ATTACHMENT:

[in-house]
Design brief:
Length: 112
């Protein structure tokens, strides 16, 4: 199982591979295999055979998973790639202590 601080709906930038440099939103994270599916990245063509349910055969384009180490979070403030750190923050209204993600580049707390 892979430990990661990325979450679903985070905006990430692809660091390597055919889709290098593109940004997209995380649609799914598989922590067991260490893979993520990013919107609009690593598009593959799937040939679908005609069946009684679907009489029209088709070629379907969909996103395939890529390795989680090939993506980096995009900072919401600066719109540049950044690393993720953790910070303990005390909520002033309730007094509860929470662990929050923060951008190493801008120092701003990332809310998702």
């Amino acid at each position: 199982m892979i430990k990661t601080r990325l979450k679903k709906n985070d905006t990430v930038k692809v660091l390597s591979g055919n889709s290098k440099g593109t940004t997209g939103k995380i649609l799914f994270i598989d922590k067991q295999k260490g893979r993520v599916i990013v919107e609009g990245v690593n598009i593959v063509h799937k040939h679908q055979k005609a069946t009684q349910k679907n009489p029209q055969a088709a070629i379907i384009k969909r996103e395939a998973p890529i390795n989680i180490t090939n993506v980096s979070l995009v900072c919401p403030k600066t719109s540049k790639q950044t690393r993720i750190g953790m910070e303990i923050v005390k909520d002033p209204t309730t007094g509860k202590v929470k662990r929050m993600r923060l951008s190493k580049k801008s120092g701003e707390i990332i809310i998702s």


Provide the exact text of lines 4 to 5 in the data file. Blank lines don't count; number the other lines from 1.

């Protein structure tokens, strides 16, 4: 199982591979295999055979998973790639202590 601080709906930038440099939103994270599916990245063509349910055969384009180490979070403030750190923050209204993600580049707390 892979430990990661990325979450679903985070905006990430692809660091390597055919889709290098593109940004997209995380649609799914598989922590067991260490893979993520990013919107609009690593598009593959799937040939679908005609069946009684679907009489029209088709070629379907969909996103395939890529390795989680090939993506980096995009900072919401600066719109540049950044690393993720953790910070303990005390909520002033309730007094509860929470662990929050923060951008190493801008120092701003990332809310998702």
């Amino acid at each position: 199982m892979i430990k990661t601080r990325l979450k679903k709906n985070d905006t990430v930038k692809v660091l390597s591979g055919n889709s290098k440099g593109t940004t997209g939103k995380i649609l799914f994270i598989d922590k067991q295999k260490g893979r993520v599916i990013v919107e609009g990245v690593n598009i593959v063509h799937k040939h679908q055979k005609a069946t009684q349910k679907n009489p029209q055969a088709a070629i379907i384009k969909r996103e395939a998973p890529i390795n989680i180490t090939n993506v980096s979070l995009v900072c919401p403030k600066t719109s540049k790639q950044t690393r993720i750190g953790m910070e303990i923050v005390k909520d002033p209204t309730t007094g509860k202590v929470k662990r929050m993600r923060l951008s190493k580049k801008s120092g701003e707390i990332i809310i998702s």